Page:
Get away to peace, quiet, and summer fun in eastern Arizona
Set in a gentle valley in eastern Arizona's White Mountains, Greer is a summer Shangri-la, a community of cabins and log lodges located at the end of a road, at the edge of the forest. It's a place where people come for weekend escapes. And once most people discover Greer's sprawling meadow, spruce-covered hillsides, and the icy waters of the Little Colorado River as it twists its way through town, they tend to get possessive. Greer's simple charms make you want to keep the place all to yourself.
With good reason. Greer's great hiking and fly-fishing opportunities, along with a thoughtful museum and many hearty eateries and little boutiques, are making this small town a popular getaway.
The picture-perfect scenery has been attracting travelers for a long time. During the 1870s, Mormon pioneers found that this valley was ideal for farming and for raising cattle. The abundant game and fish in what is now the surrounding Apache-Sitgreaves National Forests brought the first tourists, mostly sportsmen, to the village.
Among them was Western writer James Willard Schultz, who was an early contributor to Sunset. Schultz was smitten enough with the area's trout-filled streams and flocks of wild turkeys to have a cabin built here in 1913, which he later gave to his son, Hart Merriam Schultz, an artist who went by the name Lone Wolf. The cabin serves as the Butterfly Lodge Museum, filled with original works and furnishings from both men.
As Greer's popularity has grown, a handful of inns and B&Bs have sprung up. On a busy summer weekend, the population can swell from less than 200 to about 2,000. Even then, there's plenty of elbow room in the surrounding national forests.
Several good hikes start right in the village. One, West Fork Trail #94, is dense with raspberries and wild roses and passes tranquil Badger Pond. While hiking part of the moderate 7-mile trail, we noticed that summer thunderstorms had produced a bumper crop of mushrooms. An easier trek from town is on Butler Canyon Trail #98, a 1-mile loop.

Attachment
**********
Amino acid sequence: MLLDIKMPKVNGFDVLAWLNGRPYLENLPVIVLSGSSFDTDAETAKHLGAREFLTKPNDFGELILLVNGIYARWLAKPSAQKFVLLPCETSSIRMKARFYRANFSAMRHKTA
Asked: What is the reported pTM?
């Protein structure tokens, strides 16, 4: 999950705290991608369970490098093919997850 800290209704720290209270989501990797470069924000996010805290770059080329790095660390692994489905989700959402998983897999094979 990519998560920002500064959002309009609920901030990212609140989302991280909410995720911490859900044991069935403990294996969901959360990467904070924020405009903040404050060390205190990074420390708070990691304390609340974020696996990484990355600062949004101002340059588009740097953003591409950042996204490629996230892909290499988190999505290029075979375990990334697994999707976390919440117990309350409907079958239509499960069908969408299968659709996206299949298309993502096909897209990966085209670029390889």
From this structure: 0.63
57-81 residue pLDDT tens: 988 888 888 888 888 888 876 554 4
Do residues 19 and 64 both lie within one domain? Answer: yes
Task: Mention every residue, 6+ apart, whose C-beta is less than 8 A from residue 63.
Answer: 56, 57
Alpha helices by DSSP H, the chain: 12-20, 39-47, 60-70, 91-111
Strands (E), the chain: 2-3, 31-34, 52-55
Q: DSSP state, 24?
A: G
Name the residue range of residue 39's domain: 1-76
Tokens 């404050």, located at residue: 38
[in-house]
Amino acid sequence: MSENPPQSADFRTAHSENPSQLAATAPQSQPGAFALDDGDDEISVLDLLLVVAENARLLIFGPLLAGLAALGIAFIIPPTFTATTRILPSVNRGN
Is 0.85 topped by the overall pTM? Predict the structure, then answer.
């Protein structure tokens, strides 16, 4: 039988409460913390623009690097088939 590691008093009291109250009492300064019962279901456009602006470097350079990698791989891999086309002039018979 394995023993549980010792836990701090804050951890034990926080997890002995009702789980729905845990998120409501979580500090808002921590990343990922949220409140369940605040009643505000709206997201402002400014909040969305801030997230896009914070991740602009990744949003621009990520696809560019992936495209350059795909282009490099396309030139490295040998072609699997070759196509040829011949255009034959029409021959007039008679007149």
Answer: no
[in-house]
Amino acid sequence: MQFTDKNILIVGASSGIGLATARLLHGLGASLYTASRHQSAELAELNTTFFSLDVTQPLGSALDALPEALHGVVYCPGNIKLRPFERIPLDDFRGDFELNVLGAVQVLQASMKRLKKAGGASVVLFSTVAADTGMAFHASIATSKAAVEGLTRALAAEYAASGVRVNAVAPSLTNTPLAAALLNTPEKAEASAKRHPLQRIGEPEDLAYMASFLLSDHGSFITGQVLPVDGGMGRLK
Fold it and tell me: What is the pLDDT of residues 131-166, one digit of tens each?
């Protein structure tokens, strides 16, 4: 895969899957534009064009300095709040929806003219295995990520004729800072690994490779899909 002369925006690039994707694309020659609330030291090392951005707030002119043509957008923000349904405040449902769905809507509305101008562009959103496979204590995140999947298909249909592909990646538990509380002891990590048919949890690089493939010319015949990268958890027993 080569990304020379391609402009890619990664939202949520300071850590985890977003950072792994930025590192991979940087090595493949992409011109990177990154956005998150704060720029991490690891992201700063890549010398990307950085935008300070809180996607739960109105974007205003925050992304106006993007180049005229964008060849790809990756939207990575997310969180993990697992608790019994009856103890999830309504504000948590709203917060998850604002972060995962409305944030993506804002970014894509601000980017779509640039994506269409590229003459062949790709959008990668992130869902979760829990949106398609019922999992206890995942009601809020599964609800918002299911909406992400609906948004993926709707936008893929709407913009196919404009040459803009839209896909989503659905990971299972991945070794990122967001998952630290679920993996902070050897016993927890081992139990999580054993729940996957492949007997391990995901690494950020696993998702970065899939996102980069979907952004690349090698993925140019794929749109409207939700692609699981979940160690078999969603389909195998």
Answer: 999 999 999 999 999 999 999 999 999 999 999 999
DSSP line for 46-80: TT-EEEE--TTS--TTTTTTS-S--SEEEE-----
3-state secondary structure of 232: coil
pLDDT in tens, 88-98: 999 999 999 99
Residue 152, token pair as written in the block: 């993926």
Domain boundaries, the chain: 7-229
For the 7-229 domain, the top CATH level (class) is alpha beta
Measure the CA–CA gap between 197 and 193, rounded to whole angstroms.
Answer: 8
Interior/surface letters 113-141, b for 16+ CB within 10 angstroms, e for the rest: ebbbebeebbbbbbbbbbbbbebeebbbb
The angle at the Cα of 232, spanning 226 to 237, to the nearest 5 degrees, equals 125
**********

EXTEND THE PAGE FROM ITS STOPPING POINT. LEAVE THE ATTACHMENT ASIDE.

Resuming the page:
Fly-fishing is Greer's other popular preoccupation; several outfitters offer lessons and guided trips. At the town's edge, there's good fishing on one of the reservoirs along the Little Colorado River, where you'll get nibbles from rainbow, brown, or native Apache trout.
When you're ready to eat fish rather than chase them, Greer restaurants serve trout almondine, along with steak and ribs, as main offerings. Interspersed with restaurants along Main Street are antiques shops and boutiques.
Surprisingly, Greer does have something of a nightlife. Live music at Molly Butler Lodge, a popular restaurant and bar, encourages dancing, though our stamina was tempered by the 8,500-foot elevation and a day of hiking.
Back at our inn, we sat on a wooden glider and stared up at the brilliant night sky, so easy to see from this part of the world. After a day of hiking, fishing, and dancing, we were doing nothing in Greer ― and loving it.
Butterfly Lodge Museum. 10-5 Fri-Sun; $2. State 373 at County Rd. 1126; 928/735-7514.
Music from Greer. Series of evening concerts. 7 p.m. Jul 18-24. 928/735-7568.
The Speckled Trout. Fly-fishing lessons from $70, guides from $135. 103 Main St.; 928/735-7222.
Cattle Kate's. Ribs served in a log dining room. $$; lunch and dinner daily. 80 Main; 928/735-7744.
Greer Lodge. Rustic lodge on the Little Colorado River. $$; dinner daily, brunch Sat-Sun. 9 rooms and 2 cabins from $185. 44 Main; 928/735-7216.
Molly Butler Lodge. Prime rib is the specialty. Live music most weekend nights. $$; lunch and dinner daily. 109 Main; 928/735-7226.
Red Setter Inn. Adirondack-style B&B; no children. 12 rooms and 2 cabins from $150. 8 Main; 888/994-7337.
White Mountain Lodge. 1892 lodge overlooks a fishing hole and meadow. 7 rooms and 6 cabins from $85. 140 Main; 888/493-7568.